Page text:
In one of our projects at Yumasoft we needed to replace npm library’s implementation with a custom one. This was needed because one of the components we use created their own version (fork) of this npm package (the component uses this library internally). In order to make the component working correctly, we had to use the component’s authors version of the library, instead of using the original npm package. It turned out to not be an easy task, but finally we found a nice and easy solution.
Let’s say that we install @ckeditor/ckeditor5-build-classic npm package to our web app. This is a kind of package that has many forks. Some companies or individuals fork ckeditor5-build-classic repository and create their own versions of it, adjusted for use with their products.
The problem is that if you use such a product that has their own fork of @ckeditor/ckeditor5-build-classic, you might want to use this fork as npm package, not the original npm library. However, in most cases there’s no npm package published for the forked repository.
We need a way to replace the contents (source code) of the original npm library with contents (source code) from the forked library (custom version). Let’s see how to replace npm library with our own code.
The first idea that comes to mind could be to create a modified private npm package and use it in our project. However, it requires some maintenance and forking the original library. We found a better solution.
If we go to node_modules folder looking @ckeditor/ckeditor5-build-classic package’s source, we can see that its source files (bundles) are present in node_modules\@ckeditor\ckeditor5-build-classic\build\ folder:
If you check some forks of this library on GitHub, there are also bundles present there, e.g. here or here. Let’s say that we need to take the forked version of ckeditor.js file and replace this file in our original npm library. How do we do that?
To achieve this, we need to install patch-package npm package. This is an awesome, life-saving tool created just for what we need. Kudos to our teammate Przemek who recommended this gold tool to me ?
After installing the package with npm i patch-package, we can simply go to our npm library’s source and modify it. In our case, we replace node_modules\@ckeditor\ckeditor5-build-classic\build\ckeditor.js file contents with the contents of ckeditor.js file from our forked library (for example with this one). After that, we save the file.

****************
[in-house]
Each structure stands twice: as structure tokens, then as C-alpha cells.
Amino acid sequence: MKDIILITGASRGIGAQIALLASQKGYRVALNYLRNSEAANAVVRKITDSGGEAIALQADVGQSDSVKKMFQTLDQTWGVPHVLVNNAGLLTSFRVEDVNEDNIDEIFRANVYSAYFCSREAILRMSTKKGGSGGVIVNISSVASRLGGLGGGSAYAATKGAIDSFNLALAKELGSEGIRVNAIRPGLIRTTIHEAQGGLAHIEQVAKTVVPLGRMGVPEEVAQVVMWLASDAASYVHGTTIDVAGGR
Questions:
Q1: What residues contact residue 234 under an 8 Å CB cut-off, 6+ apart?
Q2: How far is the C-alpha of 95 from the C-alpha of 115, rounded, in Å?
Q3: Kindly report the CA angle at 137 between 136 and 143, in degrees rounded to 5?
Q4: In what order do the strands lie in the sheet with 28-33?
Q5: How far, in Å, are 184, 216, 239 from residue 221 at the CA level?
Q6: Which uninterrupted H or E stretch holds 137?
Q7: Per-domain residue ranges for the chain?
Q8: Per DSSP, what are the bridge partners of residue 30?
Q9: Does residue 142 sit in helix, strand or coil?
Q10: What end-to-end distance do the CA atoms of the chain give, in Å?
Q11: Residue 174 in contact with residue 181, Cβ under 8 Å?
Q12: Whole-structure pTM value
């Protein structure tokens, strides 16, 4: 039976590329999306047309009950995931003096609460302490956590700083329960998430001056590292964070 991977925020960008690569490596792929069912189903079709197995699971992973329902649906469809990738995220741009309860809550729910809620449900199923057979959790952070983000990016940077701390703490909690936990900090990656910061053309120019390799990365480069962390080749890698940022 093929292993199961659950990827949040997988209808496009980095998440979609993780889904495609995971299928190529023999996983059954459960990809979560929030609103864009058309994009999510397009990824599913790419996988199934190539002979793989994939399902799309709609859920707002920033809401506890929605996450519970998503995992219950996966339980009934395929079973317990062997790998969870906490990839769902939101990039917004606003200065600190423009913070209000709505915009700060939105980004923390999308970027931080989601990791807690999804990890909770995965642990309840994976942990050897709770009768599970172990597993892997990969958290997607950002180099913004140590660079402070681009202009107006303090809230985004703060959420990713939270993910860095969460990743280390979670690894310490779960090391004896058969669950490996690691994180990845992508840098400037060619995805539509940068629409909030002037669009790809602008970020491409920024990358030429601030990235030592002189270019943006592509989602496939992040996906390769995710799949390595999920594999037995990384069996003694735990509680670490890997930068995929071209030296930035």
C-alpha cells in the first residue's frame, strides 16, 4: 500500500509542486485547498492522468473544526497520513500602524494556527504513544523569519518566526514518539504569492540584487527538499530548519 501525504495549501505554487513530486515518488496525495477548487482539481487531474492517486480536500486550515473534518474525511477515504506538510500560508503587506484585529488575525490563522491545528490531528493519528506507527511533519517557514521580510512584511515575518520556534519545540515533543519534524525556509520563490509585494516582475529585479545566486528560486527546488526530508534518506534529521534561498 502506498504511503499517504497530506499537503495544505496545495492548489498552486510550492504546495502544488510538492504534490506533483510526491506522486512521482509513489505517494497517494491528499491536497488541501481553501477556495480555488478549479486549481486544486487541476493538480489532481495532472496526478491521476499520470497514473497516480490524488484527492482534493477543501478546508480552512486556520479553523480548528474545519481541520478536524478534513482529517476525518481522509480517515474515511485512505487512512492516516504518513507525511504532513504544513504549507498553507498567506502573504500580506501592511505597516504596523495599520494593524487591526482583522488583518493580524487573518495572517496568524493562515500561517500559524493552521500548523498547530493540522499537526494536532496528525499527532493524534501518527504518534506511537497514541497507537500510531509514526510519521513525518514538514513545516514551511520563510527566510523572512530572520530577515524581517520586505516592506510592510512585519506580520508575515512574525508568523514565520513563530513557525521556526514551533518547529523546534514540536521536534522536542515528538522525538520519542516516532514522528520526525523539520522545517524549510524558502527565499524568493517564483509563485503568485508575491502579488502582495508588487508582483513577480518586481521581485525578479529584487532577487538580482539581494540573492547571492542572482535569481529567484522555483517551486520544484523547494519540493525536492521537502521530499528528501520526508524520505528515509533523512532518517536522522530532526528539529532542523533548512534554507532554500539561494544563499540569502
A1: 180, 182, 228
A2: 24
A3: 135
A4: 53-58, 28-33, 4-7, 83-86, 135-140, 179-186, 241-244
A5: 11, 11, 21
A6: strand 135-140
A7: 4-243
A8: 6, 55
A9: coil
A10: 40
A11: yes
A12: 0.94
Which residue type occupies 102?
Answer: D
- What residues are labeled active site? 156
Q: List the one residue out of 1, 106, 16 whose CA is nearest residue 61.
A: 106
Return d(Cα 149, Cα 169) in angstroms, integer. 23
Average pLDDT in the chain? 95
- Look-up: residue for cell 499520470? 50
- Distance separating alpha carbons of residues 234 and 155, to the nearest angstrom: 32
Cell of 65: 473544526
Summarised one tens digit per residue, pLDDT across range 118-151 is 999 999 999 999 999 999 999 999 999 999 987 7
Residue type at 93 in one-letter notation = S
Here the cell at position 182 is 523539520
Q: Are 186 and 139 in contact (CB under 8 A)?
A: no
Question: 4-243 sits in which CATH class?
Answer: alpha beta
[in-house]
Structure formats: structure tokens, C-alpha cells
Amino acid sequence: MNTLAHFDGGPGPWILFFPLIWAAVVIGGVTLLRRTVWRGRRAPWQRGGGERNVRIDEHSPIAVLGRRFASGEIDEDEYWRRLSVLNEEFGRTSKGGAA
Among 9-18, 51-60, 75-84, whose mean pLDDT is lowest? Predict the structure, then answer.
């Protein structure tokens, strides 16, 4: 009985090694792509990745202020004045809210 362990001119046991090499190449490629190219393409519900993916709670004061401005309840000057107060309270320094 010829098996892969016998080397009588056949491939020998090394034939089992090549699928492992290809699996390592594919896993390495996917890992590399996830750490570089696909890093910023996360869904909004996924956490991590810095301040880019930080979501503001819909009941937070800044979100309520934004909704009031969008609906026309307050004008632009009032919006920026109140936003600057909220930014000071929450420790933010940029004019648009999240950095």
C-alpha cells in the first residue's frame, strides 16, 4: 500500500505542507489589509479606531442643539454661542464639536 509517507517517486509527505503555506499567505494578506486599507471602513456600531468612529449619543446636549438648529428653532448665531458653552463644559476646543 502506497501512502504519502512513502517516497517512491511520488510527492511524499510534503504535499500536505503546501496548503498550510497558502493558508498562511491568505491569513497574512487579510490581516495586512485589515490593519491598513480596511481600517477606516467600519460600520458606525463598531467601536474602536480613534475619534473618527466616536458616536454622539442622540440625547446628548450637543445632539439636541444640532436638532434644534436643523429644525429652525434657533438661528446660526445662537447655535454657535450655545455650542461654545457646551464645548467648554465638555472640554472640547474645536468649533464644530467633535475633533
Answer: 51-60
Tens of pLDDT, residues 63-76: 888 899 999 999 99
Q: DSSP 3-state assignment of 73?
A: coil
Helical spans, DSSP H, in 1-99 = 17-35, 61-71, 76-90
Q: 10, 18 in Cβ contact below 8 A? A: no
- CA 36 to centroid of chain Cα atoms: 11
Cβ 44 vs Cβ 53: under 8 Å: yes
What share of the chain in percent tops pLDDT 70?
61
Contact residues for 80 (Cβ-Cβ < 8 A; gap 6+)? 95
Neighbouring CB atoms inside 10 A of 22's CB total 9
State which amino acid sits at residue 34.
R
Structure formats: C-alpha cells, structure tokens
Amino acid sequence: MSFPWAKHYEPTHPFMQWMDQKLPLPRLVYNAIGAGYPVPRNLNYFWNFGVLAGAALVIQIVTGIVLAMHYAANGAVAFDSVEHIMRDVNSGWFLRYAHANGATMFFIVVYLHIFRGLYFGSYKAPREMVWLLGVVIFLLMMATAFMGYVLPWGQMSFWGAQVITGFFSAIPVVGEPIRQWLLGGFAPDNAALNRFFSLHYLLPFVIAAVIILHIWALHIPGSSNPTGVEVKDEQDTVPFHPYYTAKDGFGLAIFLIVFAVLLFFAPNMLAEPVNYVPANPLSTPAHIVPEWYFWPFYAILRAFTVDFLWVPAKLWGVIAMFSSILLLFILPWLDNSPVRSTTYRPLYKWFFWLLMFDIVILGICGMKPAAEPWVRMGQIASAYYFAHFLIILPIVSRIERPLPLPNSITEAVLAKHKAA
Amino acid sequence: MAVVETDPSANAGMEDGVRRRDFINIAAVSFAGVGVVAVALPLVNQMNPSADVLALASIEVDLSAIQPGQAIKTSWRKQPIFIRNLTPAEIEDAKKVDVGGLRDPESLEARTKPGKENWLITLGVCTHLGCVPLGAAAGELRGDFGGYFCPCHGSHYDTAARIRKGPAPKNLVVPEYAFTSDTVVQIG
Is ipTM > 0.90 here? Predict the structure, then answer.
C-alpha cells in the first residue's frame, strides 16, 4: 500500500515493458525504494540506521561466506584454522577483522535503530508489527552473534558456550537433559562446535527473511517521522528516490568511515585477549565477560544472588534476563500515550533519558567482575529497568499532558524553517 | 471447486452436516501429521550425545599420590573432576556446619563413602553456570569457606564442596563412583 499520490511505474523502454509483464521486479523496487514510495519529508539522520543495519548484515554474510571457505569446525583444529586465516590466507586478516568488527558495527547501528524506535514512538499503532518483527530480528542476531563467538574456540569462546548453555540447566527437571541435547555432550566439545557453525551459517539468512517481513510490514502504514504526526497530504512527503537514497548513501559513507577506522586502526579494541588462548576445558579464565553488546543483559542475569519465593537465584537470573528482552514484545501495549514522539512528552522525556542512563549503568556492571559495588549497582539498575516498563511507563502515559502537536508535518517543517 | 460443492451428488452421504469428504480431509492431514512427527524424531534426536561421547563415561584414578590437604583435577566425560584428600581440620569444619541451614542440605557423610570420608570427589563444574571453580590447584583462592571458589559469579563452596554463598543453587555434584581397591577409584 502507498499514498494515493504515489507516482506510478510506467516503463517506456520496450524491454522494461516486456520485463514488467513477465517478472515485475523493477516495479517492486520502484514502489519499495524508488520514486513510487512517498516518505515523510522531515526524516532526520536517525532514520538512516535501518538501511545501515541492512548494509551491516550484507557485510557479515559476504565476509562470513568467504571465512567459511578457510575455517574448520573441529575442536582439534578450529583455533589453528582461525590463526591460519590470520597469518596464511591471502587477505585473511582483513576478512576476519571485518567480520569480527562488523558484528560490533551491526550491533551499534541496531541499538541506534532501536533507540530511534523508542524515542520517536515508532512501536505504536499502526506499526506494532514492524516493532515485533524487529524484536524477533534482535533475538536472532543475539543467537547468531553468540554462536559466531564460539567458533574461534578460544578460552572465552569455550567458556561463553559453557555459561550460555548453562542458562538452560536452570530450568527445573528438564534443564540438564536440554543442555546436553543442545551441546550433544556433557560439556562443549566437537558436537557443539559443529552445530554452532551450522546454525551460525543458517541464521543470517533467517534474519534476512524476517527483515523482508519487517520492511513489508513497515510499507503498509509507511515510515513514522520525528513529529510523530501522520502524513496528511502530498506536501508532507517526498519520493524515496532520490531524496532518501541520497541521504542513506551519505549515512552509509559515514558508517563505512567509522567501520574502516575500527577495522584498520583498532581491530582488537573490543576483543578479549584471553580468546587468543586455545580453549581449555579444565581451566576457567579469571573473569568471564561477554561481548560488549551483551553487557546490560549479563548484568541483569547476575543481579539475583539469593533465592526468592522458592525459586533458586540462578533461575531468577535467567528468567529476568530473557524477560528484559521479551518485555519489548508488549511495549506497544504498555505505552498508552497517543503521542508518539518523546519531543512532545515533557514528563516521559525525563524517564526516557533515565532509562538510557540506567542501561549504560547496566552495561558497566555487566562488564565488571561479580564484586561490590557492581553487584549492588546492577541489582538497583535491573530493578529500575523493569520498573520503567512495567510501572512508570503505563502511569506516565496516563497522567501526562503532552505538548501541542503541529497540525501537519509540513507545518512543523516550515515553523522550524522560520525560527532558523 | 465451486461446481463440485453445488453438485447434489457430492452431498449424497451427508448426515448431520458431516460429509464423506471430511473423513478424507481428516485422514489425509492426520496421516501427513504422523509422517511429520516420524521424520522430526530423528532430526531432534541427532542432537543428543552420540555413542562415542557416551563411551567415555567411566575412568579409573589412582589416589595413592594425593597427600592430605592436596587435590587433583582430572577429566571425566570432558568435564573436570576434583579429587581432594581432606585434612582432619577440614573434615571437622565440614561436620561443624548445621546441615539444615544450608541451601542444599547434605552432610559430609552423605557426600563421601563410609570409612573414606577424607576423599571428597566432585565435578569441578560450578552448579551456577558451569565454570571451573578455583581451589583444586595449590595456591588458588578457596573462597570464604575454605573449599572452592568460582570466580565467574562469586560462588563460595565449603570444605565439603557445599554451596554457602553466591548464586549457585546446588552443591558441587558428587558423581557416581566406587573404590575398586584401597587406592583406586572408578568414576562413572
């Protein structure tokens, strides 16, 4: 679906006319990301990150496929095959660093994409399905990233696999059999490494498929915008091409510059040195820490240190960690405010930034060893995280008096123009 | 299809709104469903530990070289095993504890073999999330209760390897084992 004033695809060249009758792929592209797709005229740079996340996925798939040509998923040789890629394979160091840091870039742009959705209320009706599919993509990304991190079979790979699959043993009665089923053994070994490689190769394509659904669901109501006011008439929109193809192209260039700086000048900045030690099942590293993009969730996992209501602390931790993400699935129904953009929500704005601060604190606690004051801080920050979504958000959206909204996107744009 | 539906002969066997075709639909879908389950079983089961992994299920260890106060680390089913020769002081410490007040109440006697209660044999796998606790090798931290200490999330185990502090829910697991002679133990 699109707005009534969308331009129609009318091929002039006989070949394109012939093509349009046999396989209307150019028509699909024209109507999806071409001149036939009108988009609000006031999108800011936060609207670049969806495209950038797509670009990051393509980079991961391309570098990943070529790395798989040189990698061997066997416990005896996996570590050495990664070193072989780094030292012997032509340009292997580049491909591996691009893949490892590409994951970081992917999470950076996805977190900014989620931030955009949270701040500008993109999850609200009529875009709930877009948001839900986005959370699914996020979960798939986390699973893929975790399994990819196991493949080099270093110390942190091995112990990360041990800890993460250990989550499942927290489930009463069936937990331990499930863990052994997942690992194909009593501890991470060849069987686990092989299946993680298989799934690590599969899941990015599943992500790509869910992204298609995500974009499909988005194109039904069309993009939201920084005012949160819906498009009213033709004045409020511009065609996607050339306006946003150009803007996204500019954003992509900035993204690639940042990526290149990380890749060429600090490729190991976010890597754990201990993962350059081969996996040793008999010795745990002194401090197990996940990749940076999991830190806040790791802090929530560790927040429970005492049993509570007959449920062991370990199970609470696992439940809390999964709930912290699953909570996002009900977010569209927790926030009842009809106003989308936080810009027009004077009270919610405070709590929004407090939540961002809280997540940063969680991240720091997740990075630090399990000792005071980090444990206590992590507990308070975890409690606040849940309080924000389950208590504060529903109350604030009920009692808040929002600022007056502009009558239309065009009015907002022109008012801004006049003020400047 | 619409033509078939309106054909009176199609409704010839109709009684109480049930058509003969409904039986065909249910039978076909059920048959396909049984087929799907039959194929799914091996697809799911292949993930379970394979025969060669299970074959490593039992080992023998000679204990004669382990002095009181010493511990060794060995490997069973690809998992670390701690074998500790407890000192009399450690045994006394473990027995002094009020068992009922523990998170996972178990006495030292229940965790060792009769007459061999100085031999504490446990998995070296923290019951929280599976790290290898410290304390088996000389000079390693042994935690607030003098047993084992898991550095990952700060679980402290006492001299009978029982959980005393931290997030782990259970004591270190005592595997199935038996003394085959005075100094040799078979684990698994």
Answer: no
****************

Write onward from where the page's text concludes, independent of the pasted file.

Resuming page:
The last step is to generate a patch for our original npm library. We do it by executing the following command: npx patch-package @ckeditor/ckeditor5-build-classic (replace @ckeditor/ckeditor5-build-classic with your package name). This is how it looks:
We can now see that a new folder called patches was created in our web app’s directory. In our case, it contains only a single patch file:
What’s interesting, this file is basically a git diff between the original and modified ckeditor.js files:
When we now execute npx patch-package command, the changes we’ve made before are applied to the actual npm library’s files:
This is great, because we can now add this command patch-package to our build script, so our custom changes to the libraries are applied on every build. It’s very quick and works like a charm. That’s how we managed to easily replace npm library with our own implementation ?
We should check in the patch files to our GitHub repository, so our teammates have them locally and our build server can also apply the patches.
Since this moment, we modified the npm library’s code, so everyone who imports and uses this library in our app will be actually using our modified version of it.
If needed, we can easily revert the changes with npx patch-package –reverse. It restores the npm libraries to their original versions (thanks to the patch file stored as git diff).
I hope you found this article helpful. You can use the patch-package library not only to replace the npm library’s source files, but also as a quick-fix for bugs found in these libraries. No need to wait for the open-source community to fix the issue or the PR to be merged. You can make the patch quickly and at the same time report the issue on the concerned package’s GitHub. The tool even offers a feature to create a GH issue in the original repo with the diff containing your changes by using command npx patch-package package-name –create-issue.
For us at Yumasoft, the patch-package is a life-saver. Maybe it also saves you some headache? ?